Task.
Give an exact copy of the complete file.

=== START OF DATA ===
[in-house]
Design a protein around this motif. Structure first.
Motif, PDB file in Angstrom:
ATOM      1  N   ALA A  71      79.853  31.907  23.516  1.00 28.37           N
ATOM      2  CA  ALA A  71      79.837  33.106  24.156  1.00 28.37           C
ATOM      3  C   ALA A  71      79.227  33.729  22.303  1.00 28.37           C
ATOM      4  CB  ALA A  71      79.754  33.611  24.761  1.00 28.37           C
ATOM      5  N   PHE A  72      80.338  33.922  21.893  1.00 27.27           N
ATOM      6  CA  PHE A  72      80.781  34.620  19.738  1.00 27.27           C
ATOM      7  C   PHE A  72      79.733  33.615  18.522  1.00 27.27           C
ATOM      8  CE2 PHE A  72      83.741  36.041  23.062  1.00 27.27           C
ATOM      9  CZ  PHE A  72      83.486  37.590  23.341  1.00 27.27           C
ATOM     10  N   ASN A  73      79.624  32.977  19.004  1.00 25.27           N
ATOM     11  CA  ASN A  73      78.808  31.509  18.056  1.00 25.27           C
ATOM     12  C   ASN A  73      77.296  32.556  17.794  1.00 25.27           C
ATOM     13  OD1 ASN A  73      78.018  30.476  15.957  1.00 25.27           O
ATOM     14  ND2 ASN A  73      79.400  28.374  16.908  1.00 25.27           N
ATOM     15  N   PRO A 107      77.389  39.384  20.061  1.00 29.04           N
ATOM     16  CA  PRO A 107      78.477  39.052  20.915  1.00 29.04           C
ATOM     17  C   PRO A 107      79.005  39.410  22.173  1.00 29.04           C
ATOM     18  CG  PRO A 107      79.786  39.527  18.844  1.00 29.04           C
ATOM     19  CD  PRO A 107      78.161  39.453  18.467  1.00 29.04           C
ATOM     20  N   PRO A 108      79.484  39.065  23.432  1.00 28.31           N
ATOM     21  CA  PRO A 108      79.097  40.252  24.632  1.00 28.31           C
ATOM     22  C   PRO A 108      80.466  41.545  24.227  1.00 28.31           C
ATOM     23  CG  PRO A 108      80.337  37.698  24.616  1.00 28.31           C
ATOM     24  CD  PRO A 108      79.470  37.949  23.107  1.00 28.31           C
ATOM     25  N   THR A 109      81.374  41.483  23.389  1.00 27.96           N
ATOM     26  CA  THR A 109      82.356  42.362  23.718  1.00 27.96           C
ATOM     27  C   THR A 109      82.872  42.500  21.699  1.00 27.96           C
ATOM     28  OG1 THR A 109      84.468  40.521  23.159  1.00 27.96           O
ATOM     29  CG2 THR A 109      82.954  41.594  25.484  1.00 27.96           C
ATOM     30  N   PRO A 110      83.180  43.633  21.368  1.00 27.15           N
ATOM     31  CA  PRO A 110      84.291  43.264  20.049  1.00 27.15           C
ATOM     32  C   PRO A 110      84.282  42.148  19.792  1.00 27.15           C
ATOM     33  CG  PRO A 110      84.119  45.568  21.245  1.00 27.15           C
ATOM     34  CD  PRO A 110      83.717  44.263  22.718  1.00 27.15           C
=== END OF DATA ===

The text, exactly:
[in-house]
Design a protein around this motif. Structure first.
Motif, PDB file in Angstrom:
ATOM      1  N   ALA A  71      79.853  31.907  23.516  1.00 28.37           N
ATOM      2  CA  ALA A  71      79.837  33.106  24.156  1.00 28.37           C
ATOM      3  C   ALA A  71      79.227  33.729  22.303  1.00 28.37           C
ATOM      4  CB  ALA A  71      79.754  33.611  24.761  1.00 28.37           C
ATOM      5  N   PHE A  72      80.338  33.922  21.893  1.00 27.27           N
ATOM      6  CA  PHE A  72      80.781  34.620  19.738  1.00 27.27           C
ATOM      7  C   PHE A  72      79.733  33.615  18.522  1.00 27.27           C
ATOM      8  CE2 PHE A  72      83.741  36.041  23.062  1.00 27.27           C
ATOM      9  CZ  PHE A  72      83.486  37.590  23.341  1.00 27.27           C
ATOM     10  N   ASN A  73      79.624  32.977  19.004  1.00 25.27           N
ATOM     11  CA  ASN A  73      78.808  31.509  18.056  1.00 25.27           C
ATOM     12  C   ASN A  73      77.296  32.556  17.794  1.00 25.27           C
ATOM     13  OD1 ASN A  73      78.018  30.476  15.957  1.00 25.27           O
ATOM     14  ND2 ASN A  73      79.400  28.374  16.908  1.00 25.27           N
ATOM     15  N   PRO A 107      77.389  39.384  20.061  1.00 29.04           N
ATOM     16  CA  PRO A 107      78.477  39.052  20.915  1.00 29.04           C
ATOM     17  C   PRO A 107      79.005  39.410  22.173  1.00 29.04           C
ATOM     18  CG  PRO A 107      79.786  39.527  18.844  1.00 29.04           C
ATOM     19  CD  PRO A 107      78.161  39.453  18.467  1.00 29.04           C
ATOM     20  N   PRO A 108      79.484  39.065  23.432  1.00 28.31           N
ATOM     21  CA  PRO A 108      79.097  40.252  24.632  1.00 28.31           C
ATOM     22  C   PRO A 108      80.466  41.545  24.227  1.00 28.31           C
ATOM     23  CG  PRO A 108      80.337  37.698  24.616  1.00 28.31           C
ATOM     24  CD  PRO A 108      79.470  37.949  23.107  1.00 28.31           C
ATOM     25  N   THR A 109      81.374  41.483  23.389  1.00 27.96           N
ATOM     26  CA  THR A 109      82.356  42.362  23.718  1.00 27.96           C
ATOM     27  C   THR A 109      82.872  42.500  21.699  1.00 27.96           C
ATOM     28  OG1 THR A 109      84.468  40.521  23.159  1.00 27.96           O
ATOM     29  CG2 THR A 109      82.954  41.594  25.484  1.00 27.96           C
ATOM     30  N   PRO A 110      83.180  43.633  21.368  1.00 27.15           N
ATOM     31  CA  PRO A 110      84.291  43.264  20.049  1.00 27.15           C
ATOM     32  C   PRO A 110      84.282  42.148  19.792  1.00 27.15           C
ATOM     33  CG  PRO A 110      84.119  45.568  21.245  1.00 27.15           C
ATOM     34  CD  PRO A 110      83.717  44.263  22.718  1.00 27.15           C